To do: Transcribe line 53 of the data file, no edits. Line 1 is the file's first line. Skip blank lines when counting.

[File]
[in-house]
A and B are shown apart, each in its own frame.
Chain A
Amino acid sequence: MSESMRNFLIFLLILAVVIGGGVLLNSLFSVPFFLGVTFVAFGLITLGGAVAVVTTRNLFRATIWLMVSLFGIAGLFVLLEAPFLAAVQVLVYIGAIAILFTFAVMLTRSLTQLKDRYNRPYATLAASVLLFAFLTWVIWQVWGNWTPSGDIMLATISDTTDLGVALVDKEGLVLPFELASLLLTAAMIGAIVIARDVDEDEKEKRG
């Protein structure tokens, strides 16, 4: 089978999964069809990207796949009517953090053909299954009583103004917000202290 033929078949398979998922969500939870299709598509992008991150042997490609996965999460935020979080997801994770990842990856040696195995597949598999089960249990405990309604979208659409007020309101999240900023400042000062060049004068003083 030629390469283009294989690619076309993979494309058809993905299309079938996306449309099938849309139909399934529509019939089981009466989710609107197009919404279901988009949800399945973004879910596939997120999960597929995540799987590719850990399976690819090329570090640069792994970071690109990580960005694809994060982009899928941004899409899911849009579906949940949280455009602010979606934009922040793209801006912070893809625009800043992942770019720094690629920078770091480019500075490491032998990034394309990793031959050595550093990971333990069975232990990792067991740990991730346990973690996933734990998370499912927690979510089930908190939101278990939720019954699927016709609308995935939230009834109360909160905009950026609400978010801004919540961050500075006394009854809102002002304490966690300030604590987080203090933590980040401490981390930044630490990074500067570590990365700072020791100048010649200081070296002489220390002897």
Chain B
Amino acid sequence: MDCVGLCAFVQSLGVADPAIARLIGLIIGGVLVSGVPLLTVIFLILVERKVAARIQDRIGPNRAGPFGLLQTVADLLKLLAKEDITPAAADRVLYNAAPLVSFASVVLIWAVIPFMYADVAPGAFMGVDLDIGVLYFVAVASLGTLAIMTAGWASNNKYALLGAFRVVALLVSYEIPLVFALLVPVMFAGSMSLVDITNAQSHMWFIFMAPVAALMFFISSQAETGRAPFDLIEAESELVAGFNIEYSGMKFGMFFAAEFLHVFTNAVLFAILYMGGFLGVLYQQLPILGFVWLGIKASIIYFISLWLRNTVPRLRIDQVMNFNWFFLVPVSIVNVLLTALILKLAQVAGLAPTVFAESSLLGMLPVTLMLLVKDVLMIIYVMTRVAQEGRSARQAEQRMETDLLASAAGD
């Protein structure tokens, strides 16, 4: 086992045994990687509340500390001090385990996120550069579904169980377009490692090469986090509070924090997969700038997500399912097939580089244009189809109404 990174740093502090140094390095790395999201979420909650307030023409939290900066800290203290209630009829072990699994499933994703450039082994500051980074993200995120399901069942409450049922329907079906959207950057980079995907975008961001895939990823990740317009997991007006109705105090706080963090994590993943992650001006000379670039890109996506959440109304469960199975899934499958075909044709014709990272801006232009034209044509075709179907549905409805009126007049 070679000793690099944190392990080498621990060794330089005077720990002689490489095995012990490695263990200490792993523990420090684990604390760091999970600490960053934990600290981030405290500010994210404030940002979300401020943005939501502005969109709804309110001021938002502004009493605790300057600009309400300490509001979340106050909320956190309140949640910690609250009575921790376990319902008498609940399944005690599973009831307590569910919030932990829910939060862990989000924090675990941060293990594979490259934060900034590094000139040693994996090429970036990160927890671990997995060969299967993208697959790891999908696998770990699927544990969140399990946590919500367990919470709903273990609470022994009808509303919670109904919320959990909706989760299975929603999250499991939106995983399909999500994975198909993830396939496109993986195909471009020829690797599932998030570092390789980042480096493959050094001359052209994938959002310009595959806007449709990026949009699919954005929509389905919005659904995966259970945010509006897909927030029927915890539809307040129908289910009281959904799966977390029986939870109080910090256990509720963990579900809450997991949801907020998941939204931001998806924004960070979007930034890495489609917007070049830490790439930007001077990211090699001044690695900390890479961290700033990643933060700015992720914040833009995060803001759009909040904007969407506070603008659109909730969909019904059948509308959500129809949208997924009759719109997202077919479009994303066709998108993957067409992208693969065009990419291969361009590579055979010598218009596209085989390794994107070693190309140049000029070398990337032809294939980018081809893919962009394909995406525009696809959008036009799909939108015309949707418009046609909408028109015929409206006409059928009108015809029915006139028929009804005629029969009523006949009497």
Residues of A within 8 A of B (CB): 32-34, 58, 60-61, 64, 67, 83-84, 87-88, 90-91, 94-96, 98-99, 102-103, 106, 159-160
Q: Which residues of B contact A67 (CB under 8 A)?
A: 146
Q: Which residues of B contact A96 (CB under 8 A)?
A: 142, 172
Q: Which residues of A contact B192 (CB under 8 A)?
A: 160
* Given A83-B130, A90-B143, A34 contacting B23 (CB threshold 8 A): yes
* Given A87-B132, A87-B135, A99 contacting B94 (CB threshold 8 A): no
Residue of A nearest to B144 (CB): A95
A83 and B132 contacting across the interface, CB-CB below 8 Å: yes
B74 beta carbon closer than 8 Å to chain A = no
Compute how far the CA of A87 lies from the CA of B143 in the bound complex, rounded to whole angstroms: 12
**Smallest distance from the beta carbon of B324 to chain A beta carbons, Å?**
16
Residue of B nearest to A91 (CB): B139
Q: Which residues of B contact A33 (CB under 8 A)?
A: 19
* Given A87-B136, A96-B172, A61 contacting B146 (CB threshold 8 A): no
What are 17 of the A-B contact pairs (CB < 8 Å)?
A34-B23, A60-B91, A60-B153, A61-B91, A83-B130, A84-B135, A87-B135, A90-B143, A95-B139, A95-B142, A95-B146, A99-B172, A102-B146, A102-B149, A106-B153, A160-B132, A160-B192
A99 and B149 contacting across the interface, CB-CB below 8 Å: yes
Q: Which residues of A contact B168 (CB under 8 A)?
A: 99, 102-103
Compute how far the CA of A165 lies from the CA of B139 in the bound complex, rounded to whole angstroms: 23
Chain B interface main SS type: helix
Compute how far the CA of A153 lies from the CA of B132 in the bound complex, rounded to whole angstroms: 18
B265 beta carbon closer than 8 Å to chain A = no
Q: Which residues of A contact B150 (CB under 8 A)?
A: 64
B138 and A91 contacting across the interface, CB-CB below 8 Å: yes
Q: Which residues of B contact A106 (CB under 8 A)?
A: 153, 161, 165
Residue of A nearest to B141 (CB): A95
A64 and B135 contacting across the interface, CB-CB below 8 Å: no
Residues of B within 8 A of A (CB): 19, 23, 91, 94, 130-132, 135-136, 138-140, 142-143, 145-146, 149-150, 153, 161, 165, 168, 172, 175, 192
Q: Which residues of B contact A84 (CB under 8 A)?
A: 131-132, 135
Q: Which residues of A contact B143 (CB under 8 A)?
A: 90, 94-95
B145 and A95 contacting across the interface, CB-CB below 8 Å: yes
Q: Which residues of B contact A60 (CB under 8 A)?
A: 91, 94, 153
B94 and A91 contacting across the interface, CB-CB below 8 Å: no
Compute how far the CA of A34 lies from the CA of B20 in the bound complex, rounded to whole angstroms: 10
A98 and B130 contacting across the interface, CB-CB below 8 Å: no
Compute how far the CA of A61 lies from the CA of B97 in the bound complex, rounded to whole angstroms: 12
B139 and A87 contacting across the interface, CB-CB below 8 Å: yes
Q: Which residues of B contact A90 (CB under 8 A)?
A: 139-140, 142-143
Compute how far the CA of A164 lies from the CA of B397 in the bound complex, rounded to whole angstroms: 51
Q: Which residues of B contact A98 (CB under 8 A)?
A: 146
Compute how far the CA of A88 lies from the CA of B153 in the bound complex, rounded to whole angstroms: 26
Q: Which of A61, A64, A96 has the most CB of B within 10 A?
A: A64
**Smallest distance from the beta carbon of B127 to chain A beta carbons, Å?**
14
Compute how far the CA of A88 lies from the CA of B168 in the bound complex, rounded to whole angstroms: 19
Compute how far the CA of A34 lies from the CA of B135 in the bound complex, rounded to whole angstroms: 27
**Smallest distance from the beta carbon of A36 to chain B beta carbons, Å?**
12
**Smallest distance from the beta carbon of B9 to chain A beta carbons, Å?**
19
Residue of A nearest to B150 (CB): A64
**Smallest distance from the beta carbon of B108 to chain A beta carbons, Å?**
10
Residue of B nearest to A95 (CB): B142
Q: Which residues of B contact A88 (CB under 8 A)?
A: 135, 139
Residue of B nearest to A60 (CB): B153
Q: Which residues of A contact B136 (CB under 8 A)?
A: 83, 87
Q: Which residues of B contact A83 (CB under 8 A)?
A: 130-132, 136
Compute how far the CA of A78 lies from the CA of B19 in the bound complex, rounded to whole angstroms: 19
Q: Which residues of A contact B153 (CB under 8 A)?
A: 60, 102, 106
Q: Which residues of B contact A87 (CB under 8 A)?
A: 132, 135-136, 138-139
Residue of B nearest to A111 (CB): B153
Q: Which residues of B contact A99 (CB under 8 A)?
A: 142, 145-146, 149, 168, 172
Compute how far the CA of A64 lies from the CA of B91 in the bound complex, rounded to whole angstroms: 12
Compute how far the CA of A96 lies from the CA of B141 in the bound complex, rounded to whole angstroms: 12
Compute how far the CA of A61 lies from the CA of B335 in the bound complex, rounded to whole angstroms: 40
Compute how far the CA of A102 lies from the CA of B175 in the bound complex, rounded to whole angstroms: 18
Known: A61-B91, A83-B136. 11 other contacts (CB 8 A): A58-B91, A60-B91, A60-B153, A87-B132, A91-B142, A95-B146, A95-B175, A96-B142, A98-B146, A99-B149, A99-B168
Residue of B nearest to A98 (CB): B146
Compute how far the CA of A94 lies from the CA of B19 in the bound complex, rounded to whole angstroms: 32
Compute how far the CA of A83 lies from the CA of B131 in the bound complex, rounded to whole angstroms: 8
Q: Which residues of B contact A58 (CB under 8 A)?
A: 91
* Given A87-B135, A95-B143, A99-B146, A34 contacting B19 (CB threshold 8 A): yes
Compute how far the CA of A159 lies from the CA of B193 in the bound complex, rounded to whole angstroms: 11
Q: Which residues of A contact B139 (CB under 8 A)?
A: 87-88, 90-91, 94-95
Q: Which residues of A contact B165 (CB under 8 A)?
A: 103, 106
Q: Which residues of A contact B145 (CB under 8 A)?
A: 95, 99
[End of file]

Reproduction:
Compute how far the CA of A34 lies from the CA of B20 in the bound complex, rounded to whole angstroms: 10